Can a Parenting Intervention to Prevent Early Conduct Problems Interrupt Girls' Risk for Intimate Partner Violence 10 Years Later?

Published

Journal Article

This study tests whether a parenting intervention for families of preschoolers at risk for conduct problems can prevent later risk for intimate partner violence (IPV). Ninety-nine preschoolers at familial risk for conduct problems were randomly assigned to intervention or control conditions. Ten years later, 45 preschoolers and 43 of their siblings completed an assessment of their romantic relationships, including measures of physical and psychological IPV. The study focuses on the 54 females, including targets (n = 27) and siblings (n = 27) who participated in a 10-year follow-up (M age = 16.5, SD = 5.2, range = 10-28). Using an intent-to-treat (ITT) design, multivariate regressions suggest that females from families randomly assigned to intervention in early childhood scored lower than those in the control condition on perceptions of dating violence as normative, beliefs about IPV prevalence, exposure to IPV in their own peer group, and expected sanction behaviors for IPV perpetration and victimization. Findings suggest that early parenting intervention may reduce association of high-risk females with aggressive peers and partners in adolescence.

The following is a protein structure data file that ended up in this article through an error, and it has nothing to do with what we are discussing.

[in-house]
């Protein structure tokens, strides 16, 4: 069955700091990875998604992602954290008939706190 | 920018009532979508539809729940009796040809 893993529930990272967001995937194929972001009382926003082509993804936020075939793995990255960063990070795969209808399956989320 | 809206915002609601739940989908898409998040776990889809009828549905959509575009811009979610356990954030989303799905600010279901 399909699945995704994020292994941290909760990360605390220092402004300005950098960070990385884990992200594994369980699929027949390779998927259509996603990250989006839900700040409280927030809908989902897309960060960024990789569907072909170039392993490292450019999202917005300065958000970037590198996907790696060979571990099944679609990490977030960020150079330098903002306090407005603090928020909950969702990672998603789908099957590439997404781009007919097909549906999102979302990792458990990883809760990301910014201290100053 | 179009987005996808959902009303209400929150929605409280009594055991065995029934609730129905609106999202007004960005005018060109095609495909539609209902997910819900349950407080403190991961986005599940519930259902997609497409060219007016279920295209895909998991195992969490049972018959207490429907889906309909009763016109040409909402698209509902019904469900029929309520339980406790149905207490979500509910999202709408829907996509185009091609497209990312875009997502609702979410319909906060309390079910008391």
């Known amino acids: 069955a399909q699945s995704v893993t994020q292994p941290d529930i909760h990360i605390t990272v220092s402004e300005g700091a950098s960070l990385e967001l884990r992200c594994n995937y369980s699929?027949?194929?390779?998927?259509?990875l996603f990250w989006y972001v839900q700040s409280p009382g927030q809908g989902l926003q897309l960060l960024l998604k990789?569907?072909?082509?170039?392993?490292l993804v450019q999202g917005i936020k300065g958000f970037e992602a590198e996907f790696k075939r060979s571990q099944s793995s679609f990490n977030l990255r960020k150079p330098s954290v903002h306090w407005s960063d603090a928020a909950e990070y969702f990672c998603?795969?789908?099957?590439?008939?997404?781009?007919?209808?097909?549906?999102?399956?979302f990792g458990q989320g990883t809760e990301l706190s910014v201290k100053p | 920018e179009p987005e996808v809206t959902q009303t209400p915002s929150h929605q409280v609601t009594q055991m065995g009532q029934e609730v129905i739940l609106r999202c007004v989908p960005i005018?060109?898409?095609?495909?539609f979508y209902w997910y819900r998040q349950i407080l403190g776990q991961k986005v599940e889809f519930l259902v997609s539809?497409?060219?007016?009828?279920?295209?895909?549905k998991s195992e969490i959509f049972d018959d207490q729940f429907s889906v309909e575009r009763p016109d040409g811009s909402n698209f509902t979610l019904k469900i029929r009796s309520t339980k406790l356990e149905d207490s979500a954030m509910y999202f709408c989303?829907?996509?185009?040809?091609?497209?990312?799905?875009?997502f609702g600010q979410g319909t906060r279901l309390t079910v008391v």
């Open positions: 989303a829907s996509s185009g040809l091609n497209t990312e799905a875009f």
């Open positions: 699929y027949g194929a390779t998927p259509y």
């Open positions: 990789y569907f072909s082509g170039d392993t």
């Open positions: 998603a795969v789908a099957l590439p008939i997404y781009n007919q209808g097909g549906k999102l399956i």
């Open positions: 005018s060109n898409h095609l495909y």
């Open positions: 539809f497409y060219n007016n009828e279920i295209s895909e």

Full Text

Duke Authors

Cited Authors

  • Ehrensaft, MK; Westfall, HK; Niolon, PH; Lopez, T; Kamboukos, D; Huang, K-Y; Brotman, LM

Published Date

  • May 2018

Published In

Volume / Issue

  • 19 / 4

Start / End Page

  • 449 - 458

PubMed ID

  • 28884268

Pubmed Central ID

  • 28884268

Electronic International Standard Serial Number (EISSN)

  • 1573-6695

Digital Object Identifier (DOI)

  • 10.1007/s11121-017-0831-z

Language

  • eng

Conference Location

  • United States